For the Millers, nothing compared with the thrill of finally getting their hands on the second version of Mega Mansion, their Florida abode miniaturized as a sequential discovery box. Mrs. Miller commissioned this creation in February 2020 from Tracy Wood Clemons Batz, a puzzle artist in Scottsville, N.Y.; the original construction was irreparably damaged in an ordeal with the courier company. The box opens as the puzzler finds 14 hidden keys and tools that unlock four tiers of discovery in 130 steps.

“I hate solving puzzles, I don’t enjoy it at all,” Mrs. Clemons Batz said in a Zoom interview. “I enjoy stumping people.”

Driven by difficulty

Puzzleland is populated by self-described zealots. For instance, Bret Rothstein, a historian of “visual and material cultures of play” at Indiana University Bloomington, is the author of a book about puzzles, “The Shape of Difficulty: A Fan Letter to Unruly Objects.” Therein, Dr. Rothstein observes that Thomas Kuhn, a historian and philosopher of science, aligned puzzling with scientific inquiry. Puzzles force us to embrace error, Dr. Rothstein notes, adding that perhaps their most beautiful feature is their “continual erosion of certitude.”

The Millers’s 52-room castle in Panicale, central Italy. They packed their puzzle collection into five 40-foot shipping containers and, for their own transit, booked a cruise from Miami to Rome.Credit…Clara Vannucci for The New York Times

Another term for a puzzles zealot is “aspirant.” “We aspire to solve them,” Dr. Rothstein said in an interview. “And when we’ve solved one, we’re ready for the next.” Most puzzlers are difficulty-driven, he said. “We’re looking for more obstacles.” Case in point, the Millers: Dr. Rothstein found their Florida-to-Italy odyssey at once “exciting” and “daunting.”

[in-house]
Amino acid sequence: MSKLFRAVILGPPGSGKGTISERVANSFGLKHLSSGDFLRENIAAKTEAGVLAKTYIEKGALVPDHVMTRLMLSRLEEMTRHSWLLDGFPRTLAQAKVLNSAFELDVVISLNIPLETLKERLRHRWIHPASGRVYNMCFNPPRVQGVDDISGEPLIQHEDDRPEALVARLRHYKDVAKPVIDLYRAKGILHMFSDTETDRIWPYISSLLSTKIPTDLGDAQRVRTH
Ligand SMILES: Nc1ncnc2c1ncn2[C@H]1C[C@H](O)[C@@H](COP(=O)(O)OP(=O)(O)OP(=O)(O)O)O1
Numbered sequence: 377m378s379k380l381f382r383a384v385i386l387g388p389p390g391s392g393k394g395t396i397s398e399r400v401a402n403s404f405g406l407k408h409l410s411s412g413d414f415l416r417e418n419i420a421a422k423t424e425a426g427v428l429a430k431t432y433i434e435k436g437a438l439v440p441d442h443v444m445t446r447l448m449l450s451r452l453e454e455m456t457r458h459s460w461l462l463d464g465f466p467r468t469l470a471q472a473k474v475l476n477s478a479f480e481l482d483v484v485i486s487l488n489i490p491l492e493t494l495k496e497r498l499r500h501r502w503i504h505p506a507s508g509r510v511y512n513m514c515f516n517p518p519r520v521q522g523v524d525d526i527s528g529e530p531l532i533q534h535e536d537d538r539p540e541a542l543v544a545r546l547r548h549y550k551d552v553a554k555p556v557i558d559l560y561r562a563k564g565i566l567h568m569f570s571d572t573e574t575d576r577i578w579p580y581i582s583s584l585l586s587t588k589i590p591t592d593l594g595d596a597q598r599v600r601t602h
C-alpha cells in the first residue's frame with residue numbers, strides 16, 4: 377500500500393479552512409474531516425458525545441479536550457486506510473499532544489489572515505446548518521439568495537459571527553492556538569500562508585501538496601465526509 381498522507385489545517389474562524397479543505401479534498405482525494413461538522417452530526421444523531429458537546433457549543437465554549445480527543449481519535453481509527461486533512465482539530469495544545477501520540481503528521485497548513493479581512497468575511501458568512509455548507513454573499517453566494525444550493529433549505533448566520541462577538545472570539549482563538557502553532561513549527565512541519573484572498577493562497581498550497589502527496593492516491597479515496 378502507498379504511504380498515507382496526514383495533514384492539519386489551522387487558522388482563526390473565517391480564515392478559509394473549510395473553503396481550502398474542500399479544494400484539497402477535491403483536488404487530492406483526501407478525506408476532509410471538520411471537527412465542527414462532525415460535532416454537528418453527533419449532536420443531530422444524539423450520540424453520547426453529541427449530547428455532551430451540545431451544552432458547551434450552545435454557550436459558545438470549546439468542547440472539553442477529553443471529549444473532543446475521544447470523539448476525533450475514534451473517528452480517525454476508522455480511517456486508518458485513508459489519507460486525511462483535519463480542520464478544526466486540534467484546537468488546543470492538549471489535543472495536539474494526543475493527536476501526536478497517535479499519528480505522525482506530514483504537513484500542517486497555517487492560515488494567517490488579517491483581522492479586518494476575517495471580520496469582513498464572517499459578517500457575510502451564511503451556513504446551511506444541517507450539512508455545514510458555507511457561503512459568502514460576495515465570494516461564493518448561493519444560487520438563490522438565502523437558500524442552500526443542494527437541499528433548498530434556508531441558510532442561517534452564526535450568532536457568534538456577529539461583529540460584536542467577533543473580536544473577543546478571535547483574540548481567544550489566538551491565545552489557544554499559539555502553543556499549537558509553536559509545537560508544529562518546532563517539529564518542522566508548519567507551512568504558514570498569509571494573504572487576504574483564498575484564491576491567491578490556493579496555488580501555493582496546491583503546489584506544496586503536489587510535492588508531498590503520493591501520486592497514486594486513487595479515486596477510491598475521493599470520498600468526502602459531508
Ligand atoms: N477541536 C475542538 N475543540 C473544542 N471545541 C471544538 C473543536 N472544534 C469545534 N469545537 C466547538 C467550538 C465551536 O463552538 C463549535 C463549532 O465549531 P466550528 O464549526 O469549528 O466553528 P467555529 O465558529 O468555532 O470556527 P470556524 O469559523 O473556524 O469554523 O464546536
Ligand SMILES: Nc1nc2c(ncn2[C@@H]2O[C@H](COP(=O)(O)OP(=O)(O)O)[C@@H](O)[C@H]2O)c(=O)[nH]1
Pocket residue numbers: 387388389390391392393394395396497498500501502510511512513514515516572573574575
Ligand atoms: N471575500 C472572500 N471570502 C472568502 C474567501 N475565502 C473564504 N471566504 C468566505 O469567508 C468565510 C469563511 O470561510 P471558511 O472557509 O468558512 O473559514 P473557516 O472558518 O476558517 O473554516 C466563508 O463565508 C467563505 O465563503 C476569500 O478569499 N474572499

“We run into problems, we solve the problems, that’s what puzzling is all about,” Mr. Miller said. When their collection is reopened — circa January 2025 — it will be under the name “World Puzzle Center,” reflecting their bigger dream: not only a museum, but a place for parties and lectures, competitions and research; a space to design, make and play with puzzles.

By the time their 108 pallets of puzzles started arriving in December, the Millers had settled in at Castello di Panicale and among their new community. Mr. Miller, who sports a long white beard, was asked to be the village Santa Claus; over one weekend, 200 local school children came for Christmas visits at the castle.

They had made a decent start setting up the center, furnishing rooms with Rococo display cabinets and organizing recently acquired collections that arrived directly from England, France, Finland, Germany and the Netherlands. Some of the newest additions to their collection are from an August excursion to the International Puzzle Party, an annual invitation-only event, held this year in Jerusalem.